Carroll William Dodge (1895-1988)
No investigation of the lichen biota of the artcic/subantarctic is complete without a consideration of the work of C.W. Dodge
In a series of publications from 1938-1973 Dodge described around 350 new taxa (including several new genera) and made around 150 new combination, all from other peoples collections, from the Arctic and “sub-Antarctic” (Dodge & Baker 1938, Dodge 1948, Dodge & Rudolph 1955, Dodge 1962, 1965a, 1965b, 1965c, 1966a, 1966b, 1968a, 1968b, 1970, 1973). Almborn (1974), in his review of Dodge’s Antarctic Lichen Flora (Dodge 1973), quoted another eminent Swedish lichenologist “This author has caused untold damage to taxonomic lichenology. His publications unfortunately cannot be simple ignored. Future serious lichenologists will have to spend much time and trouble in evaluating and identifying all his mainly useless taxa.” Hertel (1988) estimated that ca. 80% of the species created by Dodge would turnout to be synonyms, and this has been born out by subsequent investigation. Castello & Nimis (1995) investigated the type material in FH of 152 of the 186 species described by Dodge and his co-workers from the Antarctic continent and accepted only 31 (ca. 20%) as valid. They describe Dodge’s type material as “some … were just fragments of unrecognizable sterile crusts, the same species was described several times under widely different generic names, the original descriptions do not comply with the characters of the types, the characters given for some species are a mixture of characters of different lichens growing together on the type collection”. As an example, he described the common bi-polar species Physcia caesia as new 12 time in five different genera, and Xanthoria elegans eight times in five different genera.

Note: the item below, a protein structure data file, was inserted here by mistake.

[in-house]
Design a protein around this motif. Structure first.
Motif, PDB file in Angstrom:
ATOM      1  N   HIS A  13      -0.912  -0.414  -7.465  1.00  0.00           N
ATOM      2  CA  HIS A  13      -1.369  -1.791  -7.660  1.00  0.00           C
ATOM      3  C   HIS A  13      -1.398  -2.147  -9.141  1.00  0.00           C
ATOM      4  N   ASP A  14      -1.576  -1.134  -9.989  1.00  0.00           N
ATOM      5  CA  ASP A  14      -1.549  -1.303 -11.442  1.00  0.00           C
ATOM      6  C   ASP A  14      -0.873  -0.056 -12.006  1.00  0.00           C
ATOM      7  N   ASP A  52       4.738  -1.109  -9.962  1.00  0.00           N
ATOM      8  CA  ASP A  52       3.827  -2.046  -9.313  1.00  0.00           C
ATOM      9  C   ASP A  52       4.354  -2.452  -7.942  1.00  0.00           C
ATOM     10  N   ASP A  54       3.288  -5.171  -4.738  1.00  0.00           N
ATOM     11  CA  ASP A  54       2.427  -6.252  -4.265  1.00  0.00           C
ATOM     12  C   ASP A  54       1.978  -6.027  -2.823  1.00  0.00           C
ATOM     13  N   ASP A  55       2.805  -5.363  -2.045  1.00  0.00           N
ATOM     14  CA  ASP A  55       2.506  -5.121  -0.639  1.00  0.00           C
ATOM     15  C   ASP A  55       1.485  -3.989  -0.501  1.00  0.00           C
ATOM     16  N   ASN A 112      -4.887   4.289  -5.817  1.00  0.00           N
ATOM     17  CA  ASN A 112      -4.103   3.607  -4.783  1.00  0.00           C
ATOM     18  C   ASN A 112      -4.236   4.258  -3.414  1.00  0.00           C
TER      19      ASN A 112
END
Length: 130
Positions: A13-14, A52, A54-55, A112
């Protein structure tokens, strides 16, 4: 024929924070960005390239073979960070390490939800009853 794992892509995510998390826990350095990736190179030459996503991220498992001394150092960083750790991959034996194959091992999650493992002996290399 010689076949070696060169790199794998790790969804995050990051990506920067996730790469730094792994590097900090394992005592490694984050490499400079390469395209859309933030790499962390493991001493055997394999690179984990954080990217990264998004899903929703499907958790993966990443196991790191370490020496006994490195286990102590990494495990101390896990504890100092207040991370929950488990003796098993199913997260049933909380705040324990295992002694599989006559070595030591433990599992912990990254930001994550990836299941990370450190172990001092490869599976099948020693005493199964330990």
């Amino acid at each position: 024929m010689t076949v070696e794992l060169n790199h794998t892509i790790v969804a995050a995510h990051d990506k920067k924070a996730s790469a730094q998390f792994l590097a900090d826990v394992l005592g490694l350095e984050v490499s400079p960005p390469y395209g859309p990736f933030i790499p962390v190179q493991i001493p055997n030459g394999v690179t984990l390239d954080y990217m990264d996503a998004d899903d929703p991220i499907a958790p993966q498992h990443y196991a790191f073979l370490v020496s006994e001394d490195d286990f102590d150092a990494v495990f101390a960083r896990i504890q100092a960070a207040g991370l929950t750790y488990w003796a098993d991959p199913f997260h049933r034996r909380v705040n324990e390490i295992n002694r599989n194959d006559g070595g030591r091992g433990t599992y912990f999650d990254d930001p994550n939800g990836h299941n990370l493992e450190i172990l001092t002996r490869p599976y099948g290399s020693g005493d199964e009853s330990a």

There is no reason to expect that a greater proportion of the species Dodge described from the Subpolar Region are ‘good’ species than those he described from the Antarctic. Indeed, this is confirmed by the few types of species Dodge described from the Subpolar Region that I have seen (e.g., Bacidia maquariensis is an indeterminate sterile crust, Rhizocarpon candidum is a sterile Pertusaria sp., etc.), and the observation by Galloway (2004) that four of the five new species described by Dodge from the Snares Islands (Fineran 1969) are synonyms of previously described species, and the one that was genuinely new (Solenopsora sordida) was described in the unrelated genus Haematomma.
Unfortunately, Dodge's names are all validly published. Many can be reduced to synonymy with previously described species, but for those for which the type is missing or indeterminate, it will be necessary to either designate a neotype or formally reject the name. In an attempt to clear up the mess created by Dodge, a spreadsheet of all his southern high latitude names is included here with the correct identity of the taxon where these are known. Please e-mail me any additions/corrections so that they can be included in the spreadsheet.